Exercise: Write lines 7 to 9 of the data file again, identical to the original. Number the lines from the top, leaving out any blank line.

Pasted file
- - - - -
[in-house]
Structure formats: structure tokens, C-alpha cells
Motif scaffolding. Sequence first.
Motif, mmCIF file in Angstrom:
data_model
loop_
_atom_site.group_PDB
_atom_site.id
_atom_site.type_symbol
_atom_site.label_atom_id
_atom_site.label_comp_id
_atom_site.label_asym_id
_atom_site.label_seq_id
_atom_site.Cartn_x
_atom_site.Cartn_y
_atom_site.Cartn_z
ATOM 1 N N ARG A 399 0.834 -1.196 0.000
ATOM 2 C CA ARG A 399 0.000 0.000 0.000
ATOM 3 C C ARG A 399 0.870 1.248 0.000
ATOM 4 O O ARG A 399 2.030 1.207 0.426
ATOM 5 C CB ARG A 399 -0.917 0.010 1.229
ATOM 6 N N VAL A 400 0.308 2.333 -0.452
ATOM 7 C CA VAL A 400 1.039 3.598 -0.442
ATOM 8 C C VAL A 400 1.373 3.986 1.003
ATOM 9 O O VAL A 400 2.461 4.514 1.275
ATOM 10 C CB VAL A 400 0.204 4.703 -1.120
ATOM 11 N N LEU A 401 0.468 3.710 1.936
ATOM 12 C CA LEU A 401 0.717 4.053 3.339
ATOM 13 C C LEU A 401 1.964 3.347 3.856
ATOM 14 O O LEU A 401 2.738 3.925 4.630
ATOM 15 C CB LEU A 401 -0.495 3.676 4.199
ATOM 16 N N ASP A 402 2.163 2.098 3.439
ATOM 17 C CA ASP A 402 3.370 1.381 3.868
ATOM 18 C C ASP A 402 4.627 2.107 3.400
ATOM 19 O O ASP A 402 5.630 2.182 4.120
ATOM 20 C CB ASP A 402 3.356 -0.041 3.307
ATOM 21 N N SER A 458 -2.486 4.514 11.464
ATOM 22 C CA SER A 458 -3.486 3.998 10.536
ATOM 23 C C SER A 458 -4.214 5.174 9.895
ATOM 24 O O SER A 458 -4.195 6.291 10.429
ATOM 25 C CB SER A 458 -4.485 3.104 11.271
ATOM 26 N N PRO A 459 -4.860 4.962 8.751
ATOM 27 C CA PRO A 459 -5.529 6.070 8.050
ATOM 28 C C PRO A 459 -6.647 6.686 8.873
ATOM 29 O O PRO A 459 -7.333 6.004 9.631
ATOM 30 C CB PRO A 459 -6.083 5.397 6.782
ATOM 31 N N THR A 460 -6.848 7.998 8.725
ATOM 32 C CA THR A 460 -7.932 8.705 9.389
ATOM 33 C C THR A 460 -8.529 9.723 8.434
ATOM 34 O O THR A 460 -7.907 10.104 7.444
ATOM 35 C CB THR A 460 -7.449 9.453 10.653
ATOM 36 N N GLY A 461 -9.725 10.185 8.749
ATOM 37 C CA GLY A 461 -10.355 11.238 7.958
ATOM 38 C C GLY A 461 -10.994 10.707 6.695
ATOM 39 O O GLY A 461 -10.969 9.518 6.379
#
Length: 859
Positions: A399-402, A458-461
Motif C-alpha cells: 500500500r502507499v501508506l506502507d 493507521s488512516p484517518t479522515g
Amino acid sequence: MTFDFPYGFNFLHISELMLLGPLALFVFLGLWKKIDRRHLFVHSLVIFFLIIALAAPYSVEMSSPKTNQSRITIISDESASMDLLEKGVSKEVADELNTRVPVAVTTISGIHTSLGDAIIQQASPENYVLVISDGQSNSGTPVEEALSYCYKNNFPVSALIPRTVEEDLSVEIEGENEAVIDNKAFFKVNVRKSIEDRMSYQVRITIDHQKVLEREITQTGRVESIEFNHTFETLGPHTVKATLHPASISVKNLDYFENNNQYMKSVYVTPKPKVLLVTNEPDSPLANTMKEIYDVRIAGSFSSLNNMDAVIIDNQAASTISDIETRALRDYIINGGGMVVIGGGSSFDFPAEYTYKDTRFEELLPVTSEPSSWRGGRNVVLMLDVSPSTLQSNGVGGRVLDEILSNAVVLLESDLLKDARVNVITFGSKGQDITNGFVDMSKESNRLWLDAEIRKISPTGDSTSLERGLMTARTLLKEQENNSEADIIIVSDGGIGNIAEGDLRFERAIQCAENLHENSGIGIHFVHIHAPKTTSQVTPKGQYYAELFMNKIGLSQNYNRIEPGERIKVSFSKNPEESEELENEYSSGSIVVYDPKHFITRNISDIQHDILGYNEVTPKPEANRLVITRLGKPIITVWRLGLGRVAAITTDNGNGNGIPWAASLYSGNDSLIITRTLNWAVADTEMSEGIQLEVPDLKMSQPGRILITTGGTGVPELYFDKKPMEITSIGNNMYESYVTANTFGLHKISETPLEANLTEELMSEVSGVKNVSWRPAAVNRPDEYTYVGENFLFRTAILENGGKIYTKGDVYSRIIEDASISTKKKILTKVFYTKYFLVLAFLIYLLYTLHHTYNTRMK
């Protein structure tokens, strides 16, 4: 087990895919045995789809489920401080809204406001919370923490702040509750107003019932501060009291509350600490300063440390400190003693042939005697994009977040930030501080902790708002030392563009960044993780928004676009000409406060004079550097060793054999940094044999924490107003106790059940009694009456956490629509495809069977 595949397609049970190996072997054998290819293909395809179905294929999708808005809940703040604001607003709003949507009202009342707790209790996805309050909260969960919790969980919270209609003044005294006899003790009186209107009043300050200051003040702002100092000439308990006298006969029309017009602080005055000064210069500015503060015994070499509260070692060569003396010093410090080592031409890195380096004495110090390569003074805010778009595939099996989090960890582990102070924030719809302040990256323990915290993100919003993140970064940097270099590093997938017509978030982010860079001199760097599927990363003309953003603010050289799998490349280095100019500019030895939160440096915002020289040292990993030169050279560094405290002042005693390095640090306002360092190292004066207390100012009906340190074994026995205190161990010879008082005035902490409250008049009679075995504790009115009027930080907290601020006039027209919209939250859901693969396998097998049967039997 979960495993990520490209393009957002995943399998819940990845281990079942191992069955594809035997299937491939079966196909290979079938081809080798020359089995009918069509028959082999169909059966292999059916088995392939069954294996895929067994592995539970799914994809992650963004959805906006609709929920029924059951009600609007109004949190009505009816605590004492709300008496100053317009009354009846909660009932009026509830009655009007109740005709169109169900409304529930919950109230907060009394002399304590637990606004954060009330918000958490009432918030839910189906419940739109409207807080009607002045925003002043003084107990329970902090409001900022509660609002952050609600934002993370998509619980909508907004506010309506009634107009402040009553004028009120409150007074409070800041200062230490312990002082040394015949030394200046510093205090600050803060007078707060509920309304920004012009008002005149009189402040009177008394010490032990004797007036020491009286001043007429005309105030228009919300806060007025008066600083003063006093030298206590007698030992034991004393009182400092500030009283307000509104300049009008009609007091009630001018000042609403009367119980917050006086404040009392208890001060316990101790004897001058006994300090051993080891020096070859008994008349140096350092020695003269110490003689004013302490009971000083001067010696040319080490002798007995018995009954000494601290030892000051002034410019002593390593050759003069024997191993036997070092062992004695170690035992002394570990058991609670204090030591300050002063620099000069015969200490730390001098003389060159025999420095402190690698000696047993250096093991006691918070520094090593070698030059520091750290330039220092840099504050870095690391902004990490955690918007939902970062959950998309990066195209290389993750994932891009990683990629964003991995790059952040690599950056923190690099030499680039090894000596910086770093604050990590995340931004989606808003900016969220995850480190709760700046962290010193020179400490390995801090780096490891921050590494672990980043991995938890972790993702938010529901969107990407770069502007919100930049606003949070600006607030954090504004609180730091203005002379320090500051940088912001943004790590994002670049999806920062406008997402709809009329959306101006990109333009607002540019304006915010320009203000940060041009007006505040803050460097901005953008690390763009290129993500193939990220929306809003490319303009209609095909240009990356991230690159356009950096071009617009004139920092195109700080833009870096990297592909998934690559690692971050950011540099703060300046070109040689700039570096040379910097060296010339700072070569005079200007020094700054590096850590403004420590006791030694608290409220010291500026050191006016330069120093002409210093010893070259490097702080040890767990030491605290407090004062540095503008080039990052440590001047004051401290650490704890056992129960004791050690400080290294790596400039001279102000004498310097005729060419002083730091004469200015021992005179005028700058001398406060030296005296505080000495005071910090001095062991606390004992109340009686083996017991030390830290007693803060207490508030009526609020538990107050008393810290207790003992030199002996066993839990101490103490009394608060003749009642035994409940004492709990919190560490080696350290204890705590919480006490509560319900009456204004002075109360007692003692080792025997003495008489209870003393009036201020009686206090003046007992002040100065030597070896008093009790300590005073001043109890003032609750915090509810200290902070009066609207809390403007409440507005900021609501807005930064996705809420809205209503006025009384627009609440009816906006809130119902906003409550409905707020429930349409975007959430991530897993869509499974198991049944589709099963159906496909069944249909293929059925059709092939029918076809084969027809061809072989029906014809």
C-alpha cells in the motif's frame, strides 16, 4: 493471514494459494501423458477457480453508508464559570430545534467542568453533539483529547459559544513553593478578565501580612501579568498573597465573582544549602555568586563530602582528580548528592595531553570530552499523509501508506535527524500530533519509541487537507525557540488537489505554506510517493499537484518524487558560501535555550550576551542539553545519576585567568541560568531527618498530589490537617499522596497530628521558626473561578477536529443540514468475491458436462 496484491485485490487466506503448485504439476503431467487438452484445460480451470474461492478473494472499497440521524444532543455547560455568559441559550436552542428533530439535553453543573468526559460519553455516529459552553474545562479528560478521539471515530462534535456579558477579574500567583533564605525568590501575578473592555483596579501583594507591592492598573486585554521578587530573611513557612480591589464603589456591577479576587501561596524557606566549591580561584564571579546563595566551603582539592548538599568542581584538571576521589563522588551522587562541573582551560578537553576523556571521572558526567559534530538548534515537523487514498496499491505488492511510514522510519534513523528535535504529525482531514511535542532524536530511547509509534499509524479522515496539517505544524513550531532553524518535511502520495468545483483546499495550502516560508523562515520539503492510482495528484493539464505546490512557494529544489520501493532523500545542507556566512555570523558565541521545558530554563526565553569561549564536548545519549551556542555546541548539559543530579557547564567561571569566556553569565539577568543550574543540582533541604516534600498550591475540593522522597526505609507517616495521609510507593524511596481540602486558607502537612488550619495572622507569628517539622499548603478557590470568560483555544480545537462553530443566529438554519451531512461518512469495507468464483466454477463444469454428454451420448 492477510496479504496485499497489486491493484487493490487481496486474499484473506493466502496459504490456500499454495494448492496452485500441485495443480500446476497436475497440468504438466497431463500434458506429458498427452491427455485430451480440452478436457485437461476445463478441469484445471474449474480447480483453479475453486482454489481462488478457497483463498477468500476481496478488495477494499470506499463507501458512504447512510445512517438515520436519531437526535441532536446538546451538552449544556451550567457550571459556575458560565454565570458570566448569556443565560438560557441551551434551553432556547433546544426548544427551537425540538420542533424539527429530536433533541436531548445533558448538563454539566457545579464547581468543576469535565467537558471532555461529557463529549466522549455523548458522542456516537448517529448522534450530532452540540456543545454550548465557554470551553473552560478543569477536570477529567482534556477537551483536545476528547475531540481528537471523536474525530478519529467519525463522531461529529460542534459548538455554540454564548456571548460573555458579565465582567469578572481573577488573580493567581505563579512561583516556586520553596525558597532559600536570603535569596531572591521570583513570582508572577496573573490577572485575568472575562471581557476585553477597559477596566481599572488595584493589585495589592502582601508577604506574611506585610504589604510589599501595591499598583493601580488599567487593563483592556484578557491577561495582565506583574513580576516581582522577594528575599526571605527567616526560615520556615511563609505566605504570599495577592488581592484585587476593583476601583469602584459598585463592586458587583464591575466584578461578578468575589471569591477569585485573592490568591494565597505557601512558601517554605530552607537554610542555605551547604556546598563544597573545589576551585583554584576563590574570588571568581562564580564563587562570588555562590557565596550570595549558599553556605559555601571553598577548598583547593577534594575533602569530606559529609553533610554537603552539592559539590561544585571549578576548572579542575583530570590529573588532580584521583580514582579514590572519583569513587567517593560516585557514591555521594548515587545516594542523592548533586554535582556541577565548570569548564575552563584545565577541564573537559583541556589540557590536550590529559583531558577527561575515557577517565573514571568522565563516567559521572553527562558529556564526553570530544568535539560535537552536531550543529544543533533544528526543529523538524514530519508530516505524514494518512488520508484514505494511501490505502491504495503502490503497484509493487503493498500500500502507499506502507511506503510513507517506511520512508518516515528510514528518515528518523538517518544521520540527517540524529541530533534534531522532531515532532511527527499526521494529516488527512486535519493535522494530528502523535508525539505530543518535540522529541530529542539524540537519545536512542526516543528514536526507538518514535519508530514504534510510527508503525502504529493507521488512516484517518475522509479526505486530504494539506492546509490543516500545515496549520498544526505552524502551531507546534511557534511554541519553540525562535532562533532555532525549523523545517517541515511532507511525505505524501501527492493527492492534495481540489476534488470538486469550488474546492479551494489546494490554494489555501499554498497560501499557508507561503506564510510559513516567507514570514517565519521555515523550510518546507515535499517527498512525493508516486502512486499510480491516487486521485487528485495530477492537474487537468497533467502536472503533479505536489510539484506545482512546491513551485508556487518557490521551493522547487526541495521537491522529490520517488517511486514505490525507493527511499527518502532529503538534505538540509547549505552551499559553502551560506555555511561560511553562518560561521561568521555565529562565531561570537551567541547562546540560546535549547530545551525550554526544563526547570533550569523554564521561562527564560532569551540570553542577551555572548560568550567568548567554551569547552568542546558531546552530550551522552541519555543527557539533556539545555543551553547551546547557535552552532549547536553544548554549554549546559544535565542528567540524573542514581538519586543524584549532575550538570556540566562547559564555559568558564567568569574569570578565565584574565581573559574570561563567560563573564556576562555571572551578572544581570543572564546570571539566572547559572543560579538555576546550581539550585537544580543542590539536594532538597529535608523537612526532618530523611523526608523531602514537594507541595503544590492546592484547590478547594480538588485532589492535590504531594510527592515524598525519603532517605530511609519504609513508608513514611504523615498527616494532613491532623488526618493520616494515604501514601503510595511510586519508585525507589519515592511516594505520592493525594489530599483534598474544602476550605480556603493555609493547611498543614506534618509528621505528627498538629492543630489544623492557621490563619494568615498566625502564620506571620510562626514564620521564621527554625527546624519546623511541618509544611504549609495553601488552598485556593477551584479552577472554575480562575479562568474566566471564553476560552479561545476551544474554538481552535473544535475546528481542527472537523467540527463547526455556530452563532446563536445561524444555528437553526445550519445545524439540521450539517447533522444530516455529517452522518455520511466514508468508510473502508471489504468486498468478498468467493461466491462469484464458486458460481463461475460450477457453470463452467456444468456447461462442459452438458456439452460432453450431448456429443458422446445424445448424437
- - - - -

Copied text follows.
_atom_site.group_PDB
_atom_site.id
_atom_site.type_symbol